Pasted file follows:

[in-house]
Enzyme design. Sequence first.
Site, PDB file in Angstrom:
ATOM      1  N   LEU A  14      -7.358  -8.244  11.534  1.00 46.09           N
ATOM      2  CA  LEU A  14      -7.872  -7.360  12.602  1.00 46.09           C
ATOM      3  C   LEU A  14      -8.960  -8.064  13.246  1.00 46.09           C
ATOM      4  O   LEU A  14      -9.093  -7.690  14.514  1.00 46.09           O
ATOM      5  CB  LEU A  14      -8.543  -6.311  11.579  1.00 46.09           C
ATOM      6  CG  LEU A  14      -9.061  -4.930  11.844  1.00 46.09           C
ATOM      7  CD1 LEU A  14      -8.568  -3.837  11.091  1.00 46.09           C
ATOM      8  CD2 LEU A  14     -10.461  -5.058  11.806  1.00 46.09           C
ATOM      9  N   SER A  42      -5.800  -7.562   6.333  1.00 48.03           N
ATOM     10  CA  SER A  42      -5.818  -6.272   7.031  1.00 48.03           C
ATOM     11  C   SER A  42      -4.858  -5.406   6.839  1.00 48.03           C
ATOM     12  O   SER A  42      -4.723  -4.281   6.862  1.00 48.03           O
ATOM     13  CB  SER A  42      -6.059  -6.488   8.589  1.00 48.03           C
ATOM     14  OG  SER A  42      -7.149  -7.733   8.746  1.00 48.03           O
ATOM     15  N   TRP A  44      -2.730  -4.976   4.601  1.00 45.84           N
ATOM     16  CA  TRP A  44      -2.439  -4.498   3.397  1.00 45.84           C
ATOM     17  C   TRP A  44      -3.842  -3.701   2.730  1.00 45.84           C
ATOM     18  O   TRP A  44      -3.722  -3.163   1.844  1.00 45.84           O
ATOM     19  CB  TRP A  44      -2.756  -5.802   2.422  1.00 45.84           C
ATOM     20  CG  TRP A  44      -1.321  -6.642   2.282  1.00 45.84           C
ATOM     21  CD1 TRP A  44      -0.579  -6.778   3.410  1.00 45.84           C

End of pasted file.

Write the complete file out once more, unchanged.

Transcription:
[in-house]
Enzyme design. Sequence first.
Site, PDB file in Angstrom:
ATOM      1  N   LEU A  14      -7.358  -8.244  11.534  1.00 46.09           N
ATOM      2  CA  LEU A  14      -7.872  -7.360  12.602  1.00 46.09           C
ATOM      3  C   LEU A  14      -8.960  -8.064  13.246  1.00 46.09           C
ATOM      4  O   LEU A  14      -9.093  -7.690  14.514  1.00 46.09           O
ATOM      5  CB  LEU A  14      -8.543  -6.311  11.579  1.00 46.09           C
ATOM      6  CG  LEU A  14      -9.061  -4.930  11.844  1.00 46.09           C
ATOM      7  CD1 LEU A  14      -8.568  -3.837  11.091  1.00 46.09           C
ATOM      8  CD2 LEU A  14     -10.461  -5.058  11.806  1.00 46.09           C
ATOM      9  N   SER A  42      -5.800  -7.562   6.333  1.00 48.03           N
ATOM     10  CA  SER A  42      -5.818  -6.272   7.031  1.00 48.03           C
ATOM     11  C   SER A  42      -4.858  -5.406   6.839  1.00 48.03           C
ATOM     12  O   SER A  42      -4.723  -4.281   6.862  1.00 48.03           O
ATOM     13  CB  SER A  42      -6.059  -6.488   8.589  1.00 48.03           C
ATOM     14  OG  SER A  42      -7.149  -7.733   8.746  1.00 48.03           O
ATOM     15  N   TRP A  44      -2.730  -4.976   4.601  1.00 45.84           N
ATOM     16  CA  TRP A  44      -2.439  -4.498   3.397  1.00 45.84           C
ATOM     17  C   TRP A  44      -3.842  -3.701   2.730  1.00 45.84           C
ATOM     18  O   TRP A  44      -3.722  -3.163   1.844  1.00 45.84           O
ATOM     19  CB  TRP A  44      -2.756  -5.802   2.422  1.00 45.84           C
ATOM     20  CG  TRP A  44      -1.321  -6.642   2.282  1.00 45.84           C
ATOM     21  CD1 TRP A  44      -0.579  -6.778   3.410  1.00 45.84           C